A Royal Canadian Legion branch on the Kingston Peninsula is seeking a break from government to deal with the fees associated with its mechanical chairlift.

Legion Branch 62 in Clifton Royal installed the chairlift with the aid of a federal government grant of almost $10,000 so veterans and members with mobility issues could go up and down the stairs inside the building.


The chairlift at the Clifton Royal legion costs almost $1,000 a year to operate. (CBC)

What the branch wasn't counting on were the associated costs of operating the chairlift.

"We have to have this thing inspected twice a year - three hundred dollars plus tax, twice a year," said Bob Beyea, the president of Branch 62.

Added to those fees, charged by a private inspector, is the province's annual licencing fee of $165.

And then, Beyea says, add in the cost of insurance and maintenance, pushing the annual operating cost of the chairlift to close to $1,000.

Costs are too much

"We have only about two hours running on this thing every six months, which is ridiculous," said Beyea. "It's a cost that we can't afford."

Legion member Royden Brien says they have asked the province for an exemption (to the annual licencing fee and inspection requirements.)

"The legions are having trouble," said Brien. "The members are getting older and dying."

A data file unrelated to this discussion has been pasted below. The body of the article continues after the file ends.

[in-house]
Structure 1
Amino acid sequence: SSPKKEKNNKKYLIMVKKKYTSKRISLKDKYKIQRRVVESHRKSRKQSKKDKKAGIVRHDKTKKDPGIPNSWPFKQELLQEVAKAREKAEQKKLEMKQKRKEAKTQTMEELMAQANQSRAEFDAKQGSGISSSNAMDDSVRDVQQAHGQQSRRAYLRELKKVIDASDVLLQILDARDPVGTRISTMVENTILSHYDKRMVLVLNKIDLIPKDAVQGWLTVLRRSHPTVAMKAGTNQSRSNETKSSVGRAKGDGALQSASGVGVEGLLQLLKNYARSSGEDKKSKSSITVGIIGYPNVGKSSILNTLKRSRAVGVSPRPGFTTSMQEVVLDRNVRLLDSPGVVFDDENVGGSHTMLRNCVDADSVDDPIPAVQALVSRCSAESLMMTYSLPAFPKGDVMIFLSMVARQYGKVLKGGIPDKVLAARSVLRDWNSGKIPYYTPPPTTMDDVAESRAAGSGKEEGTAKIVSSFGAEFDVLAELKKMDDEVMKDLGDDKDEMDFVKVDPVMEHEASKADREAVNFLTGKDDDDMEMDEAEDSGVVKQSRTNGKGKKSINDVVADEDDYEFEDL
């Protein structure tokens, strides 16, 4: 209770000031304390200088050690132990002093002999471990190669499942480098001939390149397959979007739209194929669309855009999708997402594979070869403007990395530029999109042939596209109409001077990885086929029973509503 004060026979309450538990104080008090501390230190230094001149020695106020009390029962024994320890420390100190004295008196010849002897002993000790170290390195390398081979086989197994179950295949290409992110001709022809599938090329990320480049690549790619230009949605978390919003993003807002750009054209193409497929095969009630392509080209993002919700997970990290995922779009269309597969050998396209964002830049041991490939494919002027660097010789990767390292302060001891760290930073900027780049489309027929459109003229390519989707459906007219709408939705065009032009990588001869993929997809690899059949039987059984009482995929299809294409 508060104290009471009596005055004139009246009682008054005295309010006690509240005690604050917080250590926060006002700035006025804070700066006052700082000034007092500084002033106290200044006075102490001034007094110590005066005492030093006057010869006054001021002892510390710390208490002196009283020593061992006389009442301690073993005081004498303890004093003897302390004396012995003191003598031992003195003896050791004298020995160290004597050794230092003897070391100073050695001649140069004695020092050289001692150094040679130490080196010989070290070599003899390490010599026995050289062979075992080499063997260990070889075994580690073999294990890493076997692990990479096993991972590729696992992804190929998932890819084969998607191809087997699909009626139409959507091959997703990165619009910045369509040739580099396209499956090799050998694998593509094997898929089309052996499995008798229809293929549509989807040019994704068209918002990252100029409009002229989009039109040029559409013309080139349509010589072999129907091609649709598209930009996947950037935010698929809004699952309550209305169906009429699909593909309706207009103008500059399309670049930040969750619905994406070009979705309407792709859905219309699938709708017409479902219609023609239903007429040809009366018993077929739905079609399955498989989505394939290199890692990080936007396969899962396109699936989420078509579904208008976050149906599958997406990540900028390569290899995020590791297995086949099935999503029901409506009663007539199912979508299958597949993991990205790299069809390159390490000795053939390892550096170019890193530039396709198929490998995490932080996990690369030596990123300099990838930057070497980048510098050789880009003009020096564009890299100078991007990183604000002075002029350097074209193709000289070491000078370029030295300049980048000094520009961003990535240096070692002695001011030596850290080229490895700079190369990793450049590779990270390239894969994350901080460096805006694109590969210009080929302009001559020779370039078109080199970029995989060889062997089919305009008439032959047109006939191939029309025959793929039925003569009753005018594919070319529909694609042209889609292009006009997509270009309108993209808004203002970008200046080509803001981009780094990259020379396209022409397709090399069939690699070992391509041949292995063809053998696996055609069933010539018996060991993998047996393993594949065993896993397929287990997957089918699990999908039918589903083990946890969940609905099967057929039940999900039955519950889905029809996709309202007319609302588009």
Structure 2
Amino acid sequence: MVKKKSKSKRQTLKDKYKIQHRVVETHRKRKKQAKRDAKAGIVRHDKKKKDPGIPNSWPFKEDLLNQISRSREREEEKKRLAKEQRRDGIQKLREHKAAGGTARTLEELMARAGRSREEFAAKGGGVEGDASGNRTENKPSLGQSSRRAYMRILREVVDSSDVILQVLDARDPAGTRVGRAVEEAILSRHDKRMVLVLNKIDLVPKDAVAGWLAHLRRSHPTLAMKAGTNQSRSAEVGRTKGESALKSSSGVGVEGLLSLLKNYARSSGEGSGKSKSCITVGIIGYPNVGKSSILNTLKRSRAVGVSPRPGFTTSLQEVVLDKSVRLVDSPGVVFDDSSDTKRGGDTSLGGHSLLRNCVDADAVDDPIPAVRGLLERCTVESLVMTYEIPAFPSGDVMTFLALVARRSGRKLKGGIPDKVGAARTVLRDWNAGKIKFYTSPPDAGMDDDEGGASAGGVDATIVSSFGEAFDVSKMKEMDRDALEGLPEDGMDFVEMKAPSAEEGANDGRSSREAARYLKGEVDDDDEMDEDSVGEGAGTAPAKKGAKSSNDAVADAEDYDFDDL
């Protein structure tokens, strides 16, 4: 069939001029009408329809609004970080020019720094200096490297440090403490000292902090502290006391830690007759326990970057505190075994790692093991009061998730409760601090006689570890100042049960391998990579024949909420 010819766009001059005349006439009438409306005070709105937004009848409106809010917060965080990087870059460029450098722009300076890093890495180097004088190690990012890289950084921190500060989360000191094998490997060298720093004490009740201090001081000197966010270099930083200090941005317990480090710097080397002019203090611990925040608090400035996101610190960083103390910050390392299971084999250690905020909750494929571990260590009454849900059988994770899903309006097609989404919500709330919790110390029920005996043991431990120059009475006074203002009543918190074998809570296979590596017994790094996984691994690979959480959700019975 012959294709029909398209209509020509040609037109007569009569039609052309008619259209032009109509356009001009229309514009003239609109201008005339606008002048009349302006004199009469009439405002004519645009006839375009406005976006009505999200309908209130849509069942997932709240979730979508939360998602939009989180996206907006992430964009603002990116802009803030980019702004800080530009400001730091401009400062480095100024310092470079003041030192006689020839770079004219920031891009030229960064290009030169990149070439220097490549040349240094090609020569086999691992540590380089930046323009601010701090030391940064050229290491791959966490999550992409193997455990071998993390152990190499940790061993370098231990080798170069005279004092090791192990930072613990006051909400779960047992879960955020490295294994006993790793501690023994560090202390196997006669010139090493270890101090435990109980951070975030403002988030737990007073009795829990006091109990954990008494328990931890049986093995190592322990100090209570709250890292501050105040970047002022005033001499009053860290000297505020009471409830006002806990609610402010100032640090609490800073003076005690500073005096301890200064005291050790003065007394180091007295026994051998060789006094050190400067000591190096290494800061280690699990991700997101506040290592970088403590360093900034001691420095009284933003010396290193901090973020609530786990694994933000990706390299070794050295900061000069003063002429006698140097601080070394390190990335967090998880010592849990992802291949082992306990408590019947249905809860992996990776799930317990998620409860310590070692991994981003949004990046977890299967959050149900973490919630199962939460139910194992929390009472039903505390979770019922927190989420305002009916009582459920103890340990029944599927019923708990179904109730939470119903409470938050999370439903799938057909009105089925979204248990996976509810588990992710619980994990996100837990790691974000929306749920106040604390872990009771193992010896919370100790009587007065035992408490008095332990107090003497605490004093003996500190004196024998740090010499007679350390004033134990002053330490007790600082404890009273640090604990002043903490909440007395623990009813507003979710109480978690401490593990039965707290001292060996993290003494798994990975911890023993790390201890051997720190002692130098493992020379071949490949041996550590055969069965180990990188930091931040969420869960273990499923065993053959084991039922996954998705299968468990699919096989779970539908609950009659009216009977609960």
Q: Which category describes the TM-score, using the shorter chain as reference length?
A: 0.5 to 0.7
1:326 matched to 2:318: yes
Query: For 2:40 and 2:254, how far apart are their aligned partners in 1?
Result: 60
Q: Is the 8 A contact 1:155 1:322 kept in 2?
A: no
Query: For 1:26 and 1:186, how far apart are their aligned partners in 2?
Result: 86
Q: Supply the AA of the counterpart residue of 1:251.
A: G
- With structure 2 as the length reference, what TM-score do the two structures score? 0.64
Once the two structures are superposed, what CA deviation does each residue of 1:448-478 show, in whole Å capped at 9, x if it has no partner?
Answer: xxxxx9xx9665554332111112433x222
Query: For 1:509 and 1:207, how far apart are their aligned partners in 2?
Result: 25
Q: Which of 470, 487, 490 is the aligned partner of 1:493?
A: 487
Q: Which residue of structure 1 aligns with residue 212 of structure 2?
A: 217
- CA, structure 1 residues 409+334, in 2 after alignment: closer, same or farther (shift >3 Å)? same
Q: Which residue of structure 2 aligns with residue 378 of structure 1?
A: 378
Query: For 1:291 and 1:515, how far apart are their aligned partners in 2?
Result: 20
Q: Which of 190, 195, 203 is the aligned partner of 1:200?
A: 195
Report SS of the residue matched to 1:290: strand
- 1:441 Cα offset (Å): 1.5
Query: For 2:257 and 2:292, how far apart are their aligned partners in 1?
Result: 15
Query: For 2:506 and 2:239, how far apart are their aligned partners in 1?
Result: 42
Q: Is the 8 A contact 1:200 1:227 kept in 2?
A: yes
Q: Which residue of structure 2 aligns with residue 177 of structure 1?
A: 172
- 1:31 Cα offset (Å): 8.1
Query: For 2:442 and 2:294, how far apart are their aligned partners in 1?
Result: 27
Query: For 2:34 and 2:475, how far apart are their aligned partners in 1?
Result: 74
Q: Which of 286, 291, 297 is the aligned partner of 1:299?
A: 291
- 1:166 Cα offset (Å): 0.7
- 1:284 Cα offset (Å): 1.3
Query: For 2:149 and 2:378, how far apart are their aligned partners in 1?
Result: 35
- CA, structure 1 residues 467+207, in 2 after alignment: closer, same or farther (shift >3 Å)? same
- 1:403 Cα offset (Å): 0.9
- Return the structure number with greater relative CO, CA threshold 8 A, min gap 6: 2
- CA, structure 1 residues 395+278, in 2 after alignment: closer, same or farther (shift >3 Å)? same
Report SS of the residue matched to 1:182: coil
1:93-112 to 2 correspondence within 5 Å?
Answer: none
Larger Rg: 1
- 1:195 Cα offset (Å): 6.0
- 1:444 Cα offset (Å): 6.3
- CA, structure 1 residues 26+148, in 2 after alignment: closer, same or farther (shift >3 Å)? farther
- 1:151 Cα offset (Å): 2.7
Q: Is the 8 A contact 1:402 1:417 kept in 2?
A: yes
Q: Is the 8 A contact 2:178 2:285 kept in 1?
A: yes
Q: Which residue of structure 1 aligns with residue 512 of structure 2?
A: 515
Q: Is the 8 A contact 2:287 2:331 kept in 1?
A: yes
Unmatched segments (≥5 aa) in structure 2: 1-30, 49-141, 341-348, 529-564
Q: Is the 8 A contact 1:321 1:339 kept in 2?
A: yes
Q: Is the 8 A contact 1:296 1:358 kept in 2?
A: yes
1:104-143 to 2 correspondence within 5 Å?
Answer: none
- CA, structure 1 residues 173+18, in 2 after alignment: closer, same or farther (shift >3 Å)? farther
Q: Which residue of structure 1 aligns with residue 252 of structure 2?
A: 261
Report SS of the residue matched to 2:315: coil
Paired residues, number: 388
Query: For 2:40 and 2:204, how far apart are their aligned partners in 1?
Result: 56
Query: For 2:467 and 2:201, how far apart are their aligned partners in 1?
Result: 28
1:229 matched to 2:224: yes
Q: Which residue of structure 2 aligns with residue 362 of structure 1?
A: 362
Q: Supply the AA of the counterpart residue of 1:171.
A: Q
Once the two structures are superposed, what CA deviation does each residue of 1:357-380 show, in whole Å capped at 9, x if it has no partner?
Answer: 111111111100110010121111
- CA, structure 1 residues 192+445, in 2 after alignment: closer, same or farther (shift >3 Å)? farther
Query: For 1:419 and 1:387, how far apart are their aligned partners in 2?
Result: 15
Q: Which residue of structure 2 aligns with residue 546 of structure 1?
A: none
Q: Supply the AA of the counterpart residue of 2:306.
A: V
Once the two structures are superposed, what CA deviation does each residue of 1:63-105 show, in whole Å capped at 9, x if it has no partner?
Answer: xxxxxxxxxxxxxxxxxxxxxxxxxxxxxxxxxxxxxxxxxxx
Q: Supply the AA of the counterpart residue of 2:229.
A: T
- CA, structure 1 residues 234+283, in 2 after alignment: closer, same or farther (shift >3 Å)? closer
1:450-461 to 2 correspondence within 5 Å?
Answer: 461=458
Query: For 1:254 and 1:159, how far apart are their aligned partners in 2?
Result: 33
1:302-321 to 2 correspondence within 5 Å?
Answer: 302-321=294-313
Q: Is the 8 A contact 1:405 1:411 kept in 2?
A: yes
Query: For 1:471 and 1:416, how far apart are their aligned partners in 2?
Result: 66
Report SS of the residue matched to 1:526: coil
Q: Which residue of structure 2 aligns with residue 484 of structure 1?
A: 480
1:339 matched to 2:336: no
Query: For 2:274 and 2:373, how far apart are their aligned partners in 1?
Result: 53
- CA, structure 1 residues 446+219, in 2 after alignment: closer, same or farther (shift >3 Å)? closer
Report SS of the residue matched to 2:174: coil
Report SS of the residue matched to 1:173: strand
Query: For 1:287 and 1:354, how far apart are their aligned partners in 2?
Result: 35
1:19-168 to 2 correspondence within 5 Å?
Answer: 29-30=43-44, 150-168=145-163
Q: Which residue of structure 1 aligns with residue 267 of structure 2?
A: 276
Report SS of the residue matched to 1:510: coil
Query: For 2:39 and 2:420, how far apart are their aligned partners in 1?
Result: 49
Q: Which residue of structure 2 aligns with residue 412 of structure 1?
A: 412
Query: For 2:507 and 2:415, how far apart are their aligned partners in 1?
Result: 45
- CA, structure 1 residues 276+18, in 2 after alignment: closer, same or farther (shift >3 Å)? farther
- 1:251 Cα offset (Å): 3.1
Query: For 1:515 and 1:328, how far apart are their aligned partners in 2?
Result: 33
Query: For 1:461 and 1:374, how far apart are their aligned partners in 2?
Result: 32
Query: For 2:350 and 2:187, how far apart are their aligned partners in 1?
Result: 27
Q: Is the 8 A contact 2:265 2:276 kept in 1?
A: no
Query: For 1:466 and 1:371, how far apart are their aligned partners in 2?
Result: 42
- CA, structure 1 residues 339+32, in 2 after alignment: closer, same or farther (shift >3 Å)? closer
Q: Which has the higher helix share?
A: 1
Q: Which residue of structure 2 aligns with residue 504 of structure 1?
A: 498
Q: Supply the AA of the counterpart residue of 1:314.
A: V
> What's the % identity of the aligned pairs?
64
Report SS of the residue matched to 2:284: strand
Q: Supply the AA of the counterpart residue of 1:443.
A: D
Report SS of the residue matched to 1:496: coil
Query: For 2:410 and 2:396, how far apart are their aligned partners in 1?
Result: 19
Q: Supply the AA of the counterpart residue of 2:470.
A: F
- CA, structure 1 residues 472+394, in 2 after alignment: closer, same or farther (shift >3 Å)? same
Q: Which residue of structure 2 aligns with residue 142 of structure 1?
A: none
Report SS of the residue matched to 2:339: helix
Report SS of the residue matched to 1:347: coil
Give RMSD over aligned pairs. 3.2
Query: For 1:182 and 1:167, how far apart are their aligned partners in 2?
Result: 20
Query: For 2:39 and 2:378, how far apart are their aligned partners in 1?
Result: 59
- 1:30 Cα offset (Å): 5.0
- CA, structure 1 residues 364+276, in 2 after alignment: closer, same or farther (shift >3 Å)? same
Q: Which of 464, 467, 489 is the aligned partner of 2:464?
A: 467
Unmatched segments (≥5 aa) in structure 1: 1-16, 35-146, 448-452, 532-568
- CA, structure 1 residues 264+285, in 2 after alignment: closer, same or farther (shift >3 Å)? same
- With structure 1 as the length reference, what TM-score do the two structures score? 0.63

"Our costs of operations for the building is about 40 dollars a day if you look at the total costs of everything," he said.

"The funds are drying up."


Clifton Royal legion branch president Bob Beyea says the chairlift is used only a couple of times a year. (CBC)

The chairlift was paid for with a grant from the federal government under the New Horizons program. But with no government program available to help pay for using it, Branch 62 may be forced to dip into its Poppy Fund - money collected through the annual fall poppy campaign - to pay those operational costs of the chairlift.

"Personally, we don't want to use that money for that particular reason," said Beyea. "There are other uses that we could use that for . . . for veterans in problem and needs."

Brian MacDonald, New Brunswick's legislative secretary for military affairs, said the provincial government is now looking into the matter to see if anything can be done to assist the Clifton Royal legion.